Look, it’s important to recognize that we face an unsustainable budget outlook. The two key points are 1) in the medium term—over the next decade–we can’t bring down the deficit without new tax revenues (in the very near term, we temporarily need larger budget deficits to help complete the recovery from the great recession). Spending cuts alone won’t work. And 2) in the long term, we must slow the growth of health care spending.
I’m not saying either of these imperatives are a piece of cake, but them’s the facts and pretty much all else is noise.
Like this. It’s one of those pieces that throws around big numbers to scare the heck out of you, with no context to understand them.
In fiscal 2011, the cost of the promises [of Medicare and Social Security] grew from $30.9 trillion to $33.8 trillion. To put that in context, consider that the total value of companies traded on U.S. stock markets is $13.1 trillion, based on the Wilshire 5000 index, and the value of the equity in U.S. taxpayers’ homes, according to Freddie Mac, is $6.2 trillion.
OK. Forget that you’re comparing a 75-year obligation with point-in-time values. Forget that you’re squishing together Social Security and Medicare, when the pressures on the two systems are very different, with Mcare a much tougher problem. And forget that it’s not even a Medicare problem we face per se—it’s an economy-wide health care spending problem—in fact, cost control is considerably worse in the private sector.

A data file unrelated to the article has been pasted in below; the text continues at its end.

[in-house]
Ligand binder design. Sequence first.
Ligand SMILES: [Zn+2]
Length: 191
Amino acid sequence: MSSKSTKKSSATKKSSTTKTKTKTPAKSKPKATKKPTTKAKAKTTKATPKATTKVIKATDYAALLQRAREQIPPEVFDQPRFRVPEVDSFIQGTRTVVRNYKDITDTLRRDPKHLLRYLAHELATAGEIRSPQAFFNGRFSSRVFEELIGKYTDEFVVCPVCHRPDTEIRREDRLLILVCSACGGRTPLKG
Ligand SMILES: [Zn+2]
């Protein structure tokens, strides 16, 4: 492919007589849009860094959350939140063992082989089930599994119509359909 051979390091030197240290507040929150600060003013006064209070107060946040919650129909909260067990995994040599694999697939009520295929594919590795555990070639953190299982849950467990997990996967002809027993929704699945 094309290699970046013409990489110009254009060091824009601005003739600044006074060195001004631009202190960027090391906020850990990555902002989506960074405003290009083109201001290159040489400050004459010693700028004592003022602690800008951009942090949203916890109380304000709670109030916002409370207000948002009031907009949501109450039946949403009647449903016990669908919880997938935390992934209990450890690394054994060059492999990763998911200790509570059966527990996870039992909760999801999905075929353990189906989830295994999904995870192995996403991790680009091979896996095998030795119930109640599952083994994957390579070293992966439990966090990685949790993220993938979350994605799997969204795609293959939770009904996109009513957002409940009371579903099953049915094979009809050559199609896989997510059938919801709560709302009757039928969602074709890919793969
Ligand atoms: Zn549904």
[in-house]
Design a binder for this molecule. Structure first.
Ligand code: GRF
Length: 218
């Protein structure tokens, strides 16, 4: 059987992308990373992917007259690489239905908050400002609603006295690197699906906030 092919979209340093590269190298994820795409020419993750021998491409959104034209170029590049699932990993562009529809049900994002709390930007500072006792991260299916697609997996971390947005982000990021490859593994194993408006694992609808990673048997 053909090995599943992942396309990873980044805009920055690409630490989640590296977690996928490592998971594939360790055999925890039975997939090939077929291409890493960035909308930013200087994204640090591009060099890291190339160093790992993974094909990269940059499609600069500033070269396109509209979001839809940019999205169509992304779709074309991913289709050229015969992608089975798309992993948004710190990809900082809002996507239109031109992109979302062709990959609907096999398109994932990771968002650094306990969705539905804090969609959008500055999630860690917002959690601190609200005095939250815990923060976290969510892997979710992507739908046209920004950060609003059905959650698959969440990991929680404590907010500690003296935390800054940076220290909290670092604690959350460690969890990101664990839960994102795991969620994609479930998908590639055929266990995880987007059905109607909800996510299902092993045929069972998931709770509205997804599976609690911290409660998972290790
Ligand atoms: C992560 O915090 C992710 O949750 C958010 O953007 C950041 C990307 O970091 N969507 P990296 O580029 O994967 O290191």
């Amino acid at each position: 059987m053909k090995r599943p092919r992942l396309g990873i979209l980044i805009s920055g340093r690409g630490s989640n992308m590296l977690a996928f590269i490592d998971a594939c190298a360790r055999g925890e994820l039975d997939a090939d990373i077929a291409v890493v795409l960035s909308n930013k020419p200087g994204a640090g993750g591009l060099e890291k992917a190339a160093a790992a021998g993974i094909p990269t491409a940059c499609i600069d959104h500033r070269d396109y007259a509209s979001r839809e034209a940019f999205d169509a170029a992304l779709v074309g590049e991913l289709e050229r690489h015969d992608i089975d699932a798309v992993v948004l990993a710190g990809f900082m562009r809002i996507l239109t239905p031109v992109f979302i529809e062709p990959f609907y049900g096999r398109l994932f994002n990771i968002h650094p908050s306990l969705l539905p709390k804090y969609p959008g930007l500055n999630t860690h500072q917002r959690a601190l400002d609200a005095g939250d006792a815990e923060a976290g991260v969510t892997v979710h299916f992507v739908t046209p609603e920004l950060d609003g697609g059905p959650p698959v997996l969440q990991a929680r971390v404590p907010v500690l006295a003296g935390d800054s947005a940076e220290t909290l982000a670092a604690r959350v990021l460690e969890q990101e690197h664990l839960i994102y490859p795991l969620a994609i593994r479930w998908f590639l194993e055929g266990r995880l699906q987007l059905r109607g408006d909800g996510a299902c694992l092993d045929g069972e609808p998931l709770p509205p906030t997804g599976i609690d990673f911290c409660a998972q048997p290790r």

The thing that should immediately make you put such articles aside is the huge dollar figures with no reference to the rest of the economy, which we can also expect to grow a bit over the next 75 years. In fact, as a share of GDP, that $33.8 trillion shortfall amounts to less than 4%. The Social Security part comes to 1%.
These shares were in the same table (Table 8) as the dollars, but I guess the thinking is that 4% isn’t scary enough. For that matter, you could do the math and say, “of course, the net present value of cumulative GDP over this period will be $900 trillion” but I’m not sure that helps either.
Again, I’m not saying we should swim in de-Nile when it comes to these fiscal challenges. To the contrary, I’m saying that in order to realistically grasp the problem, we should avoid 75-year, or infinite horizon, calculations, especially those without regard to the overall growth we also expect to accrue over those years. Then we can start thinking solutions.
For example, the long-term shortfall in Social Security amounts to about 0.8% of GDP; that’s about the same magnitude of the highend part of the Bush tax cuts. Medicare’s far from bankrupt either, but cannot survive without major reforms, as discussed here. Some of these reforms are embedded in the Affordable Care Act, and we will have to see how effective they ultimately are. If they fail to deliver, we’ll need to try other measures…after all, every other advanced economy is way ahead of us in this regard, and there’s no reason we can’t achieve similar savings.
But we’ll never see clearly with all these huge, un-contextualized numbers bouncing around.